Then I was concerned he might be going on some serious Grand Funk Railroad kick. Now I believe he was simply authorizing himself to take some risks with electropop, a genre that tends to be more provocateur than pioneer, and where abandon often gets stuck in a loop. Liberating pop from laziness just sounds American, so he made a good point with that swimsuit purchase. He took to opening every show with the national anthem and ending it in nothing but the stars and stripes.
On the surface, the Mirrors’ songs recall familiar names like Soft Cell, Pet Shop Boys, and Giorgio Moroder — but there’s a bit more compositional adventure here. The elegant chord changes and catchy 13-bar choruses are conspicuous enough, and Bluhm’s lyrics are a lot more engaging than what you usually get in the clubs — you can even make out what he’s singing. But it’s in the newly cemented membership of the band — originally a duo as Cassette — that the music has taken full form.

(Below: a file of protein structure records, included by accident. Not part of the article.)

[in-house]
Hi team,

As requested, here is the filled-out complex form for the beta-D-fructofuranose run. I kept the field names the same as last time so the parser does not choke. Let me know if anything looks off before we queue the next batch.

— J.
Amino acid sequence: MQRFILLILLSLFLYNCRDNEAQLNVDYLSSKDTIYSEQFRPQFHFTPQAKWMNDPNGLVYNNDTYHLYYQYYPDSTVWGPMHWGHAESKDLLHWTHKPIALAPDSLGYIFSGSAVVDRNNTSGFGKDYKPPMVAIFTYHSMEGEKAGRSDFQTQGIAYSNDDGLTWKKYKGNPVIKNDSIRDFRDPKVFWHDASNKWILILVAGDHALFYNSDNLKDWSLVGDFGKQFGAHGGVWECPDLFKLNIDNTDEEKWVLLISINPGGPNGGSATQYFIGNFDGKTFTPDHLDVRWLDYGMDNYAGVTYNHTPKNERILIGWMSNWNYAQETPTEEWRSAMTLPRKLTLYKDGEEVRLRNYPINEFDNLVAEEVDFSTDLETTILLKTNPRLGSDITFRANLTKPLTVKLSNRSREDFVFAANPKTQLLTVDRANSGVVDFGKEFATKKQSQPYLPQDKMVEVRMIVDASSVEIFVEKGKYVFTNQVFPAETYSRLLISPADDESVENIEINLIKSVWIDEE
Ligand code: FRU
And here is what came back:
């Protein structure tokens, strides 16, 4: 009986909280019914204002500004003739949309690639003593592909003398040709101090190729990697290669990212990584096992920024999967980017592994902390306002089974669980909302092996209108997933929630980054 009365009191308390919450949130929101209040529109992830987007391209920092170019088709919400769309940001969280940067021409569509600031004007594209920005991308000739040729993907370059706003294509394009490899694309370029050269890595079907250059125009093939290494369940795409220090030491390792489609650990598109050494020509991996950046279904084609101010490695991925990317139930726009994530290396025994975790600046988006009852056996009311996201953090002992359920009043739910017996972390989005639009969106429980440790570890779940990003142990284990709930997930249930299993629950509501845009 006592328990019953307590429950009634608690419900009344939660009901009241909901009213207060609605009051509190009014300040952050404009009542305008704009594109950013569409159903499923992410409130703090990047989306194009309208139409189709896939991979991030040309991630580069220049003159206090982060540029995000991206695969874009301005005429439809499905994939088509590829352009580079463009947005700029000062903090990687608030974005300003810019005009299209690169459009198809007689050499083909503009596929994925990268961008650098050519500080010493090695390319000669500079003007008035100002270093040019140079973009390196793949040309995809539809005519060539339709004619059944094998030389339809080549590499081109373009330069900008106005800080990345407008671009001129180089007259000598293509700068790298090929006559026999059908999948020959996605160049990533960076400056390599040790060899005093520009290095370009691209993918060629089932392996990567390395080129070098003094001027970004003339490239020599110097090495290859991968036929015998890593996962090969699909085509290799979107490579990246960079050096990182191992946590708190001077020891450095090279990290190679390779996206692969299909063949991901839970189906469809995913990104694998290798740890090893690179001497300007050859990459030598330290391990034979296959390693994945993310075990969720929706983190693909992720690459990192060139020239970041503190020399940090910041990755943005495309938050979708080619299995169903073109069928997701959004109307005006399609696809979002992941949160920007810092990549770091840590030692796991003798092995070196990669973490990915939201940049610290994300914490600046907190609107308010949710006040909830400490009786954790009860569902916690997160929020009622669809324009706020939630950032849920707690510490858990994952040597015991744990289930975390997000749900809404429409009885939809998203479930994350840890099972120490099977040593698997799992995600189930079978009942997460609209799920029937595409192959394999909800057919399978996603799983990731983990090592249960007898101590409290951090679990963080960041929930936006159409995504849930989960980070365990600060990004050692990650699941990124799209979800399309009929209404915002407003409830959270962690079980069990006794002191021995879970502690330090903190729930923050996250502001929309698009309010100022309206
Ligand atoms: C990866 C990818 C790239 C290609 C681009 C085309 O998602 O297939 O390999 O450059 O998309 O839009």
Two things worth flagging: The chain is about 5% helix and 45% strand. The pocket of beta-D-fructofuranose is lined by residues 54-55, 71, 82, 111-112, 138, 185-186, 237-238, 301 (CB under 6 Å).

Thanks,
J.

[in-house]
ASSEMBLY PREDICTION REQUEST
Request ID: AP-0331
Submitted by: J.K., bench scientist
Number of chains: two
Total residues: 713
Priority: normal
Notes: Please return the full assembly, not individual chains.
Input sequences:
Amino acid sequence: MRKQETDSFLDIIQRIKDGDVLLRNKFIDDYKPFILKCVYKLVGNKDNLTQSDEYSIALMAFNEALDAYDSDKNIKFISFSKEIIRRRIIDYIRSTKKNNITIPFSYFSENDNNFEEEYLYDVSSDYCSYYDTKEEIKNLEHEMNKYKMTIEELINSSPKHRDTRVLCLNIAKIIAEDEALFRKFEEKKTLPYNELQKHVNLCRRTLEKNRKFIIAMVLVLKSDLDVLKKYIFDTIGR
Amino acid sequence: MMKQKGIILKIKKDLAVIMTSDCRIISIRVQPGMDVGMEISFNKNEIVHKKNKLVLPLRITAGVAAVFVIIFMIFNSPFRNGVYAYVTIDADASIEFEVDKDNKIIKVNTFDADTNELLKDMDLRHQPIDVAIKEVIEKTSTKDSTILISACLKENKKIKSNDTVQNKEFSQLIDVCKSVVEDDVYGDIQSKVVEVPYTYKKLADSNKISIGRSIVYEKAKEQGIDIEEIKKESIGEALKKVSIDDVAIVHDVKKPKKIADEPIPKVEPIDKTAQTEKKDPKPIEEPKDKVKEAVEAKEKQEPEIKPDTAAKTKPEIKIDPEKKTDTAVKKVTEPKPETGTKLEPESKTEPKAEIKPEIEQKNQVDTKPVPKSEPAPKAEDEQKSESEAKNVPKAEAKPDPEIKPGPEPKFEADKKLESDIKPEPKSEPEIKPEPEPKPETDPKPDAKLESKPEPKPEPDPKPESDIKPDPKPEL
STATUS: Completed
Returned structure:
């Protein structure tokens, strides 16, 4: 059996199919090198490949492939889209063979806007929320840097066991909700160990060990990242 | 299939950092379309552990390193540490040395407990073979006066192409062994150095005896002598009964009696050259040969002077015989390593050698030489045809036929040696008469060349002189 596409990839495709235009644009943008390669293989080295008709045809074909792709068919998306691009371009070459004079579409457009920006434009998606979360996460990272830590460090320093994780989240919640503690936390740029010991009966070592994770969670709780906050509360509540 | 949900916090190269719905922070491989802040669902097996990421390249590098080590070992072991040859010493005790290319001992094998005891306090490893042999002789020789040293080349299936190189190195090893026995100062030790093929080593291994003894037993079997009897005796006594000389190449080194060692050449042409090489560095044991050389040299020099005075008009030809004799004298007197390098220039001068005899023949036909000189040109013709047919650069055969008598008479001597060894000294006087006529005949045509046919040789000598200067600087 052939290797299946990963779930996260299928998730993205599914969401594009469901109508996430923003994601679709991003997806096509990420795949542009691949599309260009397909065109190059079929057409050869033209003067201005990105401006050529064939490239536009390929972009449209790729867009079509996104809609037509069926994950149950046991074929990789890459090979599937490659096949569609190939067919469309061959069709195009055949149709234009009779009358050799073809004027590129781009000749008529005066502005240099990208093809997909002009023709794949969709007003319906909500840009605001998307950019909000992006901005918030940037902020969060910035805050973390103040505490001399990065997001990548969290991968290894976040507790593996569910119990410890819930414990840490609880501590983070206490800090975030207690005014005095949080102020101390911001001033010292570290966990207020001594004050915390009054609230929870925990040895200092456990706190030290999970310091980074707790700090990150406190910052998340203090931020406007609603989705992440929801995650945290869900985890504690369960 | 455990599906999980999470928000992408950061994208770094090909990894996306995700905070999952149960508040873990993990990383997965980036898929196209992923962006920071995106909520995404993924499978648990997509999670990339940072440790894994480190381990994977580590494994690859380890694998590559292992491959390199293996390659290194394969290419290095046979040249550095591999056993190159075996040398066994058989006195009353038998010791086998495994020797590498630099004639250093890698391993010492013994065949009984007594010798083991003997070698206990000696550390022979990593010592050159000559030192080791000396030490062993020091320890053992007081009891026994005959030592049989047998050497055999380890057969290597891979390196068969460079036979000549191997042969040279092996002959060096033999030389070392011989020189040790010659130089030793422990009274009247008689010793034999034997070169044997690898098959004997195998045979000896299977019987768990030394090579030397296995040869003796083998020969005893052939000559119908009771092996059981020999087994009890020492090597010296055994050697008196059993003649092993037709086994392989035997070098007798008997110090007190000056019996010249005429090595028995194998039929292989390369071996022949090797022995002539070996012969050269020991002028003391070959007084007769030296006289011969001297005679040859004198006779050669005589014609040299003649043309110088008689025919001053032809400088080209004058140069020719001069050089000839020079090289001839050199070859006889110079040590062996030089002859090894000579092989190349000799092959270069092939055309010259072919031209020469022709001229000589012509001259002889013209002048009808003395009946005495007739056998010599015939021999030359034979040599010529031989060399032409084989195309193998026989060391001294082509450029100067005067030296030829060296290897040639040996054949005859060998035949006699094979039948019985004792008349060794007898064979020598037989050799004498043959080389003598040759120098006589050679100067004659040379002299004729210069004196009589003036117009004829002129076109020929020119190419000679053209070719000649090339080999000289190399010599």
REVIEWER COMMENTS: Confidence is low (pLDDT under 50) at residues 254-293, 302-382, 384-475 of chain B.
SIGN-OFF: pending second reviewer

Founding Cassette member Michael Potvin’s approach to synth-pop has never been standard issue. Potvin’s facility with filters, the waves that fly through them, and pretty much anything controlled by a knob has always ensured that there’s something live happening — even in the band’s two-piece days, when the risk of karaoke was high. He’s the producer of the crew, so his role with sound is curatorial, and he’s not afraid to get a little chaotic and dirty, often in artfully harsh relief with Bluhm’s sure croon. Keyboardist Joseph Wawrzyn (of the Westward Trail) lays out soft sheets of sound and tosses on little melodic sequins. And it’s hard to convey just how much Patrick Dole’s bass has sweetened the deal, a hybrid of smooth R&B and smoother disco that makes me think of Sade, though I know Bluhm would smack me for saying so.
Then there’s the drummer, an MPC2000XL. “I just don’t think I can hear myself enough over real drums anymore,” he explains. “And the MPC can stay up as long as I do.”
The filled-out Fantasy Mirrors have worked wonders on older tracks, like the local favorite “Premature Baby” and the recent gem “Human Beings” — perhaps the greatest pop song ever to use the phrase “lovey dovey doo.” And their suite of songs loosely based on 20,000 Leagues Under the Sea has re-emerged with a stunning (and surprising) new gravitas. But if “Quiet Corner” is any indication, Fantasy Mirrors are a band reborn — creative enough to stay confident, but never content to stay comfortable.
: Music Features
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